At an operation 2020, a determination may be made as to whether a speed of the mobile farm implement is below a first threshold. For example, the control device 100 may receive sensor information from the grain cart speed sensor 316 to determine whether the grain cart 300 is at or below a certain number of miles per hour. If the speed of the mobile farm implement has not slowed to the first threshold, the speed may continue to be monitored continuously or at discrete intervals.

At an operation 2030, the mobile farm implement may be commanded to unfold its auger arm in response to the determination that the speed of the mobile farm implement is below the first threshold. For instance, after the control device 100 determines that the grain cart 300 is at or below the threshold number of miles per hour, it may transmit an auger unfold command to the tractor interface converter box 210 or to the grain cart interface 330. The interface converter box 210 or the grain cart interface 330 may then cause the auger arm controller 322 to output signals that cause an unfolding movement of the auger 303.

At an operation 2040, a determination may be made as to whether weight measurements from the mobile farm implement has reached a steady value. The weight measurements may be used to determine how much agricultural material is left in the mobile farm implement during the unloading. Before the agricultural material is unloaded, however, the measurements may fluctuate because the mobile farm implement is moving. For instance, movement over an uneven surface may create acceleration or deceleration that changes a weight measured by a weight sensor. In an embodiment, the weight measurement values may reach a steady value when the speed of the mobile farm implement slows to the first threshold. In an embodiment, the measurements may be determined to be steady if they fluctuate within a predetermined range. As an example, the control device 100 may determine whether weight information from the load cell sensor 310 fluctuates at most within a predetermined range.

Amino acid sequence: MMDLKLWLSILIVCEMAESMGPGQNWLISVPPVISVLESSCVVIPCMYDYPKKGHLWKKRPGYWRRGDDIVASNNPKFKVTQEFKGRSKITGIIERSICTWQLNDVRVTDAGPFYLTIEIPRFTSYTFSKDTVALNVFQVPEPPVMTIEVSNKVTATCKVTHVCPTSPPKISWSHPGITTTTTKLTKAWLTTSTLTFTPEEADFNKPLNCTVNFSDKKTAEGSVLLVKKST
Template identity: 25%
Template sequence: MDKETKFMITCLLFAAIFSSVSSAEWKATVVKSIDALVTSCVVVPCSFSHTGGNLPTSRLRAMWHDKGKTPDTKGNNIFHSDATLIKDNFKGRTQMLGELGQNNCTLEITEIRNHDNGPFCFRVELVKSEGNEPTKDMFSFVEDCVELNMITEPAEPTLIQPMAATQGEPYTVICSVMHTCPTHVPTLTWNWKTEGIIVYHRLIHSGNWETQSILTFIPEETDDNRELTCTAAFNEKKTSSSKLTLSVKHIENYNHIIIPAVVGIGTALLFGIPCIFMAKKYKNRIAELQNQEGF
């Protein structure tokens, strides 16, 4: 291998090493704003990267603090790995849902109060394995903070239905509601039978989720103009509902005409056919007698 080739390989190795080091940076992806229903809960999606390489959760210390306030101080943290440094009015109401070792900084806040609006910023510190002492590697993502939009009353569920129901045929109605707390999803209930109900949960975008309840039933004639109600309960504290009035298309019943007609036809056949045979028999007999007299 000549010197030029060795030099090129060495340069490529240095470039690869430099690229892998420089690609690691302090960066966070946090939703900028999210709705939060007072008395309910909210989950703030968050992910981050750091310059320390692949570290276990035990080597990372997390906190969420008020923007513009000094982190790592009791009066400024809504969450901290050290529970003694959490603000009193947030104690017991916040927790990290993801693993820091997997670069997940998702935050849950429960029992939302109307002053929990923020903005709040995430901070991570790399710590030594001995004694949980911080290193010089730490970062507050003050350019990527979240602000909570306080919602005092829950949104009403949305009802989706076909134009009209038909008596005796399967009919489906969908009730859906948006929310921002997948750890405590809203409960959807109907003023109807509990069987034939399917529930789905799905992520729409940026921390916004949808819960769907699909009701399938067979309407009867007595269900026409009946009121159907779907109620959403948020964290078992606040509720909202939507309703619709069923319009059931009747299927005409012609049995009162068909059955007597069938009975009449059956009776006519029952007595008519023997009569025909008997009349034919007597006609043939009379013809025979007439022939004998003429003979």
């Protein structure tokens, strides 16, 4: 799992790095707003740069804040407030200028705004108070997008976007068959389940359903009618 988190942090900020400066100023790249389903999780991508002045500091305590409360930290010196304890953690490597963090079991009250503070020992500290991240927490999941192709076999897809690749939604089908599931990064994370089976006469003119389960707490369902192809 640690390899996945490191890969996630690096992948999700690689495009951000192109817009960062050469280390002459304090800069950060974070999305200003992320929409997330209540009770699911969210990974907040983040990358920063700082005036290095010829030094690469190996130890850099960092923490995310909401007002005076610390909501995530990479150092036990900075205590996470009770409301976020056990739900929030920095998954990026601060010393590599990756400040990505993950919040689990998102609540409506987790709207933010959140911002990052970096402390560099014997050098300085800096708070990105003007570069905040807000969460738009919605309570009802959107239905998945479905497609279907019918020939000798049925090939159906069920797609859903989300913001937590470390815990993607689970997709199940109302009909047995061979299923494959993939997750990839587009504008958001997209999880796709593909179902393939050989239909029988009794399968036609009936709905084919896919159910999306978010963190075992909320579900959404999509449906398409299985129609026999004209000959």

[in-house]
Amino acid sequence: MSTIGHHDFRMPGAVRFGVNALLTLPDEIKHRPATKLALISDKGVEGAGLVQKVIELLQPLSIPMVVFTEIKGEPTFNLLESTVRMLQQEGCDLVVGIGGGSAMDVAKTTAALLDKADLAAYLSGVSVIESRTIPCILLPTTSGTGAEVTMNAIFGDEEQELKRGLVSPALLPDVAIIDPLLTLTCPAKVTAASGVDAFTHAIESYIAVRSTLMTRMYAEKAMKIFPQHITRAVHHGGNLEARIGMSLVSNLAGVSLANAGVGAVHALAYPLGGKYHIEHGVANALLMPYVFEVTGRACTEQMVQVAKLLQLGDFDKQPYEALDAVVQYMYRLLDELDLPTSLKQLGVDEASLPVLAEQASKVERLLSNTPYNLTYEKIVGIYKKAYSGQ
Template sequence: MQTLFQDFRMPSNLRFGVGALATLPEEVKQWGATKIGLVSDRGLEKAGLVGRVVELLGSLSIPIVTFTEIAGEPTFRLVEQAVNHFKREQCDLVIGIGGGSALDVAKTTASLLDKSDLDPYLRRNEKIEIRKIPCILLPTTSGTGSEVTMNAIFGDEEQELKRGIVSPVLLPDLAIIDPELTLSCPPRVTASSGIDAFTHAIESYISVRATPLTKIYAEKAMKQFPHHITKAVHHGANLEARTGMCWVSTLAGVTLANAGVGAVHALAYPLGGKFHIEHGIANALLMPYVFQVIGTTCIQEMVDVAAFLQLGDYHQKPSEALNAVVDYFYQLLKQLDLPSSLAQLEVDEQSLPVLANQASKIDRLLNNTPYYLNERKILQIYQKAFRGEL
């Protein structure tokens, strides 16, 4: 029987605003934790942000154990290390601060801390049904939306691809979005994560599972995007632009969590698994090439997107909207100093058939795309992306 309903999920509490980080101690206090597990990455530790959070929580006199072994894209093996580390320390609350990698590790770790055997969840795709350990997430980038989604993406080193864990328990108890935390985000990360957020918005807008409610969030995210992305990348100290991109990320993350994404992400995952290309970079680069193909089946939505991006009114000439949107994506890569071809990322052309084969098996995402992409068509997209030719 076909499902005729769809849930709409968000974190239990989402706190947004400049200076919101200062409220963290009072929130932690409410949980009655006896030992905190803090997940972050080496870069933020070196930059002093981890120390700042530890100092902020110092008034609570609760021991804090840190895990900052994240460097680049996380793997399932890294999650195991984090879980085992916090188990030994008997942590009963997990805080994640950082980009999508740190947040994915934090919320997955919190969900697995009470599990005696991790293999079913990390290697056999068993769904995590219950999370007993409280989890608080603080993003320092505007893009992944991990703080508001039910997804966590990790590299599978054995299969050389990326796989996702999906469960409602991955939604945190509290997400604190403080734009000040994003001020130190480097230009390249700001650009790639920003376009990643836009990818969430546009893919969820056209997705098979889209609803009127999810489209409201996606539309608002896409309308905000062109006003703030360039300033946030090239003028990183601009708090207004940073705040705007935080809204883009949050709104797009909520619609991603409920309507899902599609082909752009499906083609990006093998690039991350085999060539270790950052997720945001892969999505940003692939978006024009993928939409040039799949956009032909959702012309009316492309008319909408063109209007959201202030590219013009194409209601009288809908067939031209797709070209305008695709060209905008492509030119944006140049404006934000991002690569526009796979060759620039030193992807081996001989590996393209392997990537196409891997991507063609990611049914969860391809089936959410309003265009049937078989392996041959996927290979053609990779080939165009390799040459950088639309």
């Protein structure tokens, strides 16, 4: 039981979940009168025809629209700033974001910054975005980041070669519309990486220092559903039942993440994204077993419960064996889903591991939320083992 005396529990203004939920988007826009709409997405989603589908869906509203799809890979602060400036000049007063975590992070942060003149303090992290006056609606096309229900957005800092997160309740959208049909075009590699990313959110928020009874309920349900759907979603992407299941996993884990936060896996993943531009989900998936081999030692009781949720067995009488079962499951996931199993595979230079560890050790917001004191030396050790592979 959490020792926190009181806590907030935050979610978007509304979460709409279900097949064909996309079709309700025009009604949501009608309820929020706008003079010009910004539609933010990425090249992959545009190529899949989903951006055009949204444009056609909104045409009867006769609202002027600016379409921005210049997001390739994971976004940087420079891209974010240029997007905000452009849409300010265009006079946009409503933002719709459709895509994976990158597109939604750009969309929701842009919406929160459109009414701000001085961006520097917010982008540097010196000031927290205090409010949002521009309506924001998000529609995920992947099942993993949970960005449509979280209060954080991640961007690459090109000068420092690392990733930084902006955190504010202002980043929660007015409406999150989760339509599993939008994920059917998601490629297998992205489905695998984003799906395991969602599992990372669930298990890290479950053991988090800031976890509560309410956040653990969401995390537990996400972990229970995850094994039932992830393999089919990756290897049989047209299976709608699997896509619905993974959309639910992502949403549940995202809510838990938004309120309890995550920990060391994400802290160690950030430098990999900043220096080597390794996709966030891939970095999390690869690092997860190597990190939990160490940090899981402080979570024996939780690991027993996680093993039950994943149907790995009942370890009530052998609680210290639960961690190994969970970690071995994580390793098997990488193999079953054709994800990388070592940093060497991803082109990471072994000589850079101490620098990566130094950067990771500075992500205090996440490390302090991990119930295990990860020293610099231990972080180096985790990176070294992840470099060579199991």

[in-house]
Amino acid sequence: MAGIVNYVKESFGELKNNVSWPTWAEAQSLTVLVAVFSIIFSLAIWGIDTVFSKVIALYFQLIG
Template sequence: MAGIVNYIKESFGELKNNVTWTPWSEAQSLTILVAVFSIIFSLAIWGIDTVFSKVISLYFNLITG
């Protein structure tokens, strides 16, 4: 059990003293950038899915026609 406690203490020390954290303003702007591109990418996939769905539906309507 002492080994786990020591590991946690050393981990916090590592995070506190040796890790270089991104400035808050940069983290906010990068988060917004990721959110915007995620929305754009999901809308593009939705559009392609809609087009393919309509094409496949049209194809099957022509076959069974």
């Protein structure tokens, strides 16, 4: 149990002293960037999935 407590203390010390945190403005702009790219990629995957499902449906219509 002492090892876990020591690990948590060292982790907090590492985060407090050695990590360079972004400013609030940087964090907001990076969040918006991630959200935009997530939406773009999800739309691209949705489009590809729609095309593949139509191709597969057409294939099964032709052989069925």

At an operation 2050, a determination may be made as to whether a power takeoff speed is above a second threshold. The power takeoff may be actuating the auger, which transfers agricultural material during the unloading. After the power takeoff engages the auger, the power takeoff may need to reach a threshold number of rotations per minute before it can be loaded with the agricultural material. As an example, the control device 100 may receive sensor information from the power takeoff sensor 313 and use that information to determine whether a rotational speed of the power takeoff 212 and the auger 303 has reached a second threshold. If the weight measurement at operation 2020 has not reached a steady value or the PTO speed at operation 2050 has not reached the second threshold, they may continue to be monitored continuously or at discrete intervals.

At an operation 2060, weight information from the mobile farm implement may begin to be recorded from the mobile farm implement in response to the determination that the weight measurements have reached a steady value and that the PTO speed has reached the second threshold. The weight information may be recorded to monitor the unloading process as agricultural material is transferred out of the mobile farm implement. For instance, the control device 100 may begin to record, at the storage device 106 or the memory 107, weight information from the load cell sensor 310.